The Treaty of Waitangi Act was formulated in 1975 to set up the Waitangi Tribunal and bestowed upon in the powers to investigate legislative and executive actions that were in contravention of the treaty’s principles (Orange, 2015). The tribunal prepares reports and presents its findings to the government with proposed settlements.

The State Owned Enterprises Act of 1986 implicitly prohibits the Crown from contravening the principles of the treaty in any manner. In 1987, the Māori Council was able to commence legal action against the Crown and succeeded at preventing the transfer of state enterprises which were subject to claims.

There is also the Māori Language Act which was formulated to protect and promote the indigenous Māori language. This was enacted after the Waitangi tribunal concluded that the Crown was obligated under Article 2 of the treaty to protect and promote the language as it formed an essential part of the culture of the Māori and hence worthy the Crown’s protection. Similarly, in New Zealand Māori Council v. AG & Others [2013] NZSC, the court emphasized that the Crown has made a fundamental commitment to protect the Māori culture and that included the Māori language.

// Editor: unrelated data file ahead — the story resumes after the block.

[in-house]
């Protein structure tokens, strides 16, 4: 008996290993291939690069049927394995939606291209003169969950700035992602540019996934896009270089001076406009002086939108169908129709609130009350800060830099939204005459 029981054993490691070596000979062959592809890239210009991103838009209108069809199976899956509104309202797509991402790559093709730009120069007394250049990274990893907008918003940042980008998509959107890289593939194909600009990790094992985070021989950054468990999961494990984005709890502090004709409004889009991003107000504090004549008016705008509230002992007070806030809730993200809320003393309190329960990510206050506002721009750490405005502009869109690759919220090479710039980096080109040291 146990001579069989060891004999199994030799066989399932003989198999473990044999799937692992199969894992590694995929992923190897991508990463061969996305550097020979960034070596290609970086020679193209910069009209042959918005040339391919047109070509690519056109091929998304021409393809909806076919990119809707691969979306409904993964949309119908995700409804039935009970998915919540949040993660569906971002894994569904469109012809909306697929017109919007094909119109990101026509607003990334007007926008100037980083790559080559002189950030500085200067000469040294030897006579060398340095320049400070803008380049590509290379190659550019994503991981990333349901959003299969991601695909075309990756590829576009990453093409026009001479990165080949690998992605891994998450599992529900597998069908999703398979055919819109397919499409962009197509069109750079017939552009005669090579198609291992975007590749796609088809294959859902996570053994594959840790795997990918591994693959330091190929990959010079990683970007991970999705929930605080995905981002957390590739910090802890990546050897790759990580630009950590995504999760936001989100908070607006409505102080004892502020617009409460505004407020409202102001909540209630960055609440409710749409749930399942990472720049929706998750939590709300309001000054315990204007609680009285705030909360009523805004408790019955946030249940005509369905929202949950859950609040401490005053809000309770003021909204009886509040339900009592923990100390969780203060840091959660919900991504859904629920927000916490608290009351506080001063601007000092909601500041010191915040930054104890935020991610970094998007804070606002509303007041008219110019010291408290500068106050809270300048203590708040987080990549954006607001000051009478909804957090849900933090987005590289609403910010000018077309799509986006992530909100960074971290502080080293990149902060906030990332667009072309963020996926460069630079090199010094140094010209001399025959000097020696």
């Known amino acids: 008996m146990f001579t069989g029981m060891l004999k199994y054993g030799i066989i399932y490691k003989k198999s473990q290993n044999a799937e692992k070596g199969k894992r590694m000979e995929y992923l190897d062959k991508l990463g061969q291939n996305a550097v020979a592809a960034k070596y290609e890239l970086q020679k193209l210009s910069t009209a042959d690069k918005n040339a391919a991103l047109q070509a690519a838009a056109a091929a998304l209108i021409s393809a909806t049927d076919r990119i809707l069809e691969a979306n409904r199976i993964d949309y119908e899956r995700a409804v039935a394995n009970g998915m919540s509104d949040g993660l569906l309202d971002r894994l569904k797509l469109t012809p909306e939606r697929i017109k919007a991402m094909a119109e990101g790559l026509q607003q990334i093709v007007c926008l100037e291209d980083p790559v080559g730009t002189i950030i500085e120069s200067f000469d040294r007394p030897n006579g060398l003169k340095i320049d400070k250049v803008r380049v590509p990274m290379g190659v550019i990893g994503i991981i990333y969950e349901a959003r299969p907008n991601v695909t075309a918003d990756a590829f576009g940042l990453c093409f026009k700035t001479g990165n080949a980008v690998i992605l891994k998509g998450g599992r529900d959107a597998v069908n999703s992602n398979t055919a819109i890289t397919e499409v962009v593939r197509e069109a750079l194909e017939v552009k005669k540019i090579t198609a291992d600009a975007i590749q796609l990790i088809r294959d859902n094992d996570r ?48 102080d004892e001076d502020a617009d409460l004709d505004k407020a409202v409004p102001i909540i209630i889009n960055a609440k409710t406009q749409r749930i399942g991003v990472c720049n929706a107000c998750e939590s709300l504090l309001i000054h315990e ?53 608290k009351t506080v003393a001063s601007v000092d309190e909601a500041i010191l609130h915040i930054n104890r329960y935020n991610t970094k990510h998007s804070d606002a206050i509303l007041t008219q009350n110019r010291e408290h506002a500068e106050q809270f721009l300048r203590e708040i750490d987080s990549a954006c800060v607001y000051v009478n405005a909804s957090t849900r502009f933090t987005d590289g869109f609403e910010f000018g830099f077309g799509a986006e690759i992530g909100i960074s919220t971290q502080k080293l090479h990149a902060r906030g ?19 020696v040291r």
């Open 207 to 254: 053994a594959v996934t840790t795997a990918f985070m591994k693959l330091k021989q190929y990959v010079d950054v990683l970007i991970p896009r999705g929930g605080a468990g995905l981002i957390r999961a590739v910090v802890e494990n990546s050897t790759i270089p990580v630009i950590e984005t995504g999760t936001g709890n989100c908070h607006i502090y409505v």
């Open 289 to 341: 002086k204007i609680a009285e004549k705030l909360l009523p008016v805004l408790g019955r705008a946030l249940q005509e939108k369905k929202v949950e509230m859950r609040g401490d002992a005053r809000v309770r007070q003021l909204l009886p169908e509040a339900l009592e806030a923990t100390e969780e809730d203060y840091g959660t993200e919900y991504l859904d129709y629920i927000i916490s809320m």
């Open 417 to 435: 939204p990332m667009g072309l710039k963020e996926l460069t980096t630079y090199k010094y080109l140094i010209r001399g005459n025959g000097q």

In connection to the above, the Education Act of 1989 makes it mandatory for all schools to take into consideration the Māori culture in their charters and to give instructions in the Māori languages for interested students. It is however notable that this Act only applies the treaty’s principle but makes no reference to it. Similarly, the Children, Young Persons and their Families Act of 1989 only applies the treaty’s principles and provides for the special needs of the Māori people by providing that the Social Welfare Director General must give due regard to the Māori people’s values, culture and beliefs.


From the foregoing discussion, the clear intention behind the enactment of the Waitangi Treaty is manifested in its letter and the principles behind the document. Although the treaty was soon criticized due to the translation discrepancies and the argument that the Māori chief did not fully comprehend its meaning, it is unquestionable that the Queen had but good intentions for New Zealand and its people.